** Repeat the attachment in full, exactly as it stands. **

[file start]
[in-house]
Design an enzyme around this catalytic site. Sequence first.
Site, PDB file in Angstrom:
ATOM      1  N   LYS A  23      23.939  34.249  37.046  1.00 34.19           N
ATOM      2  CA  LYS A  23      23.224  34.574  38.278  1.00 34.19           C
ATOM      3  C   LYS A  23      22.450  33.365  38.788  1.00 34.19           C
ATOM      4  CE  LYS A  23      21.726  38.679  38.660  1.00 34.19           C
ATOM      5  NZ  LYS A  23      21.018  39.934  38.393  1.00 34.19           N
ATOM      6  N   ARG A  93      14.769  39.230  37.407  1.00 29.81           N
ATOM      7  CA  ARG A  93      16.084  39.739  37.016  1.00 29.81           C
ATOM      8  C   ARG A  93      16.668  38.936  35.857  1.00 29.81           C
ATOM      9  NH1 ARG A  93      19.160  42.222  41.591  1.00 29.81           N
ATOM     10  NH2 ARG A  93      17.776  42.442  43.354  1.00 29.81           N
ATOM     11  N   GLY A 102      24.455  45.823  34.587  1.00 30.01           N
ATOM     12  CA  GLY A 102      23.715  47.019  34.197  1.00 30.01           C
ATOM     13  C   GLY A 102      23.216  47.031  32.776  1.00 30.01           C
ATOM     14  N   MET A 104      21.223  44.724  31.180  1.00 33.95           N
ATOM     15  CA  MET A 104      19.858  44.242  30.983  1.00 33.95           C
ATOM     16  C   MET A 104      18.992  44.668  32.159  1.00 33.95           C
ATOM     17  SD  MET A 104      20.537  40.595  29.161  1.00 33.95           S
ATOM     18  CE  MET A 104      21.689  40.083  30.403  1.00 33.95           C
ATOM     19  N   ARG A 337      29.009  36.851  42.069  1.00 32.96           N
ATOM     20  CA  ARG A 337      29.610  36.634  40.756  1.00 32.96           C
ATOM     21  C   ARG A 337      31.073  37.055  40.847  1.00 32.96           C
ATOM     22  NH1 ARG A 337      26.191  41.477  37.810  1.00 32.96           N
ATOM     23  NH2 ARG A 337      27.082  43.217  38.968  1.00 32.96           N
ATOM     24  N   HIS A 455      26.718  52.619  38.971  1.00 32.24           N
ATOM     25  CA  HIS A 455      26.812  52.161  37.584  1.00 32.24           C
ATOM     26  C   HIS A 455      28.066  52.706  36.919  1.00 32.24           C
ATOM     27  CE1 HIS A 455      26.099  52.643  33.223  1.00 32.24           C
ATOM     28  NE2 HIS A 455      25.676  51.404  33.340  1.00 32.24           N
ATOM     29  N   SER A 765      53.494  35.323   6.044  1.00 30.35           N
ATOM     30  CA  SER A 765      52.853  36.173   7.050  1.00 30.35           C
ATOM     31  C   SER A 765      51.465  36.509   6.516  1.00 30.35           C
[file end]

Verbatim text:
[in-house]
Design an enzyme around this catalytic site. Sequence first.
Site, PDB file in Angstrom:
ATOM      1  N   LYS A  23      23.939  34.249  37.046  1.00 34.19           N
ATOM      2  CA  LYS A  23      23.224  34.574  38.278  1.00 34.19           C
ATOM      3  C   LYS A  23      22.450  33.365  38.788  1.00 34.19           C
ATOM      4  CE  LYS A  23      21.726  38.679  38.660  1.00 34.19           C
ATOM      5  NZ  LYS A  23      21.018  39.934  38.393  1.00 34.19           N
ATOM      6  N   ARG A  93      14.769  39.230  37.407  1.00 29.81           N
ATOM      7  CA  ARG A  93      16.084  39.739  37.016  1.00 29.81           C
ATOM      8  C   ARG A  93      16.668  38.936  35.857  1.00 29.81           C
ATOM      9  NH1 ARG A  93      19.160  42.222  41.591  1.00 29.81           N
ATOM     10  NH2 ARG A  93      17.776  42.442  43.354  1.00 29.81           N
ATOM     11  N   GLY A 102      24.455  45.823  34.587  1.00 30.01           N
ATOM     12  CA  GLY A 102      23.715  47.019  34.197  1.00 30.01           C
ATOM     13  C   GLY A 102      23.216  47.031  32.776  1.00 30.01           C
ATOM     14  N   MET A 104      21.223  44.724  31.180  1.00 33.95           N
ATOM     15  CA  MET A 104      19.858  44.242  30.983  1.00 33.95           C
ATOM     16  C   MET A 104      18.992  44.668  32.159  1.00 33.95           C
ATOM     17  SD  MET A 104      20.537  40.595  29.161  1.00 33.95           S
ATOM     18  CE  MET A 104      21.689  40.083  30.403  1.00 33.95           C
ATOM     19  N   ARG A 337      29.009  36.851  42.069  1.00 32.96           N
ATOM     20  CA  ARG A 337      29.610  36.634  40.756  1.00 32.96           C
ATOM     21  C   ARG A 337      31.073  37.055  40.847  1.00 32.96           C
ATOM     22  NH1 ARG A 337      26.191  41.477  37.810  1.00 32.96           N
ATOM     23  NH2 ARG A 337      27.082  43.217  38.968  1.00 32.96           N
ATOM     24  N   HIS A 455      26.718  52.619  38.971  1.00 32.24           N
ATOM     25  CA  HIS A 455      26.812  52.161  37.584  1.00 32.24           C
ATOM     26  C   HIS A 455      28.066  52.706  36.919  1.00 32.24           C
ATOM     27  CE1 HIS A 455      26.099  52.643  33.223  1.00 32.24           C
ATOM     28  NE2 HIS A 455      25.676  51.404  33.340  1.00 32.24           N
ATOM     29  N   SER A 765      53.494  35.323   6.044  1.00 30.35           N
ATOM     30  CA  SER A 765      52.853  36.173   7.050  1.00 30.35           C
ATOM     31  C   SER A 765      51.465  36.509   6.516  1.00 30.35           C